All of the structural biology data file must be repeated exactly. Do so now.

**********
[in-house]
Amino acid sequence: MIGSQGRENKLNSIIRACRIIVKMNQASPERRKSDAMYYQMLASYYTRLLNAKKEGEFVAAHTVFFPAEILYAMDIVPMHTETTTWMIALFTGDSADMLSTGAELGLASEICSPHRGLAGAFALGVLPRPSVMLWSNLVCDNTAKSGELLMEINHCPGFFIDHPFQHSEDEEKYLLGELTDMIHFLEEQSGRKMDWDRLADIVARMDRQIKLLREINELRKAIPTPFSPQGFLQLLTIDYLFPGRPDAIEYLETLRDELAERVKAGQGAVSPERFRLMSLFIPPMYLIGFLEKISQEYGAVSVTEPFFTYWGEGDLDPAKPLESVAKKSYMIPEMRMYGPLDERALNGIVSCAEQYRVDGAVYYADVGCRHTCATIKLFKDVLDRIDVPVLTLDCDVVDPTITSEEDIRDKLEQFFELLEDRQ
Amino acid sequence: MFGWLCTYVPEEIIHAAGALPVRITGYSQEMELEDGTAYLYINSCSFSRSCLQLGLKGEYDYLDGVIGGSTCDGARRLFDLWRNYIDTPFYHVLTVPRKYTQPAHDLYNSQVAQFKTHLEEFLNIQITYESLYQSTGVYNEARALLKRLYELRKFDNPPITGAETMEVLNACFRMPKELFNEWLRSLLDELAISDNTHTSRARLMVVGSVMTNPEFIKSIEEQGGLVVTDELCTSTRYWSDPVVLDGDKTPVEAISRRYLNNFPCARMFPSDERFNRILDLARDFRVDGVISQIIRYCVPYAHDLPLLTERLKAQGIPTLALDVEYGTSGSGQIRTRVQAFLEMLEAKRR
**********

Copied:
[in-house]
Amino acid sequence: MIGSQGRENKLNSIIRACRIIVKMNQASPERRKSDAMYYQMLASYYTRLLNAKKEGEFVAAHTVFFPAEILYAMDIVPMHTETTTWMIALFTGDSADMLSTGAELGLASEICSPHRGLAGAFALGVLPRPSVMLWSNLVCDNTAKSGELLMEINHCPGFFIDHPFQHSEDEEKYLLGELTDMIHFLEEQSGRKMDWDRLADIVARMDRQIKLLREINELRKAIPTPFSPQGFLQLLTIDYLFPGRPDAIEYLETLRDELAERVKAGQGAVSPERFRLMSLFIPPMYLIGFLEKISQEYGAVSVTEPFFTYWGEGDLDPAKPLESVAKKSYMIPEMRMYGPLDERALNGIVSCAEQYRVDGAVYYADVGCRHTCATIKLFKDVLDRIDVPVLTLDCDVVDPTITSEEDIRDKLEQFFELLEDRQ
Amino acid sequence: MFGWLCTYVPEEIIHAAGALPVRITGYSQEMELEDGTAYLYINSCSFSRSCLQLGLKGEYDYLDGVIGGSTCDGARRLFDLWRNYIDTPFYHVLTVPRKYTQPAHDLYNSQVAQFKTHLEEFLNIQITYESLYQSTGVYNEARALLKRLYELRKFDNPPITGAETMEVLNACFRMPKELFNEWLRSLLDELAISDNTHTSRARLMVVGSVMTNPEFIKSIEEQGGLVVTDELCTSTRYWSDPVVLDGDKTPVEAISRRYLNNFPCARMFPSDERFNRILDLARDFRVDGVISQIIRYCVPYAHDLPLLTERLKAQGIPTLALDVEYGTSGSGQIRTRVQAFLEMLEAKRR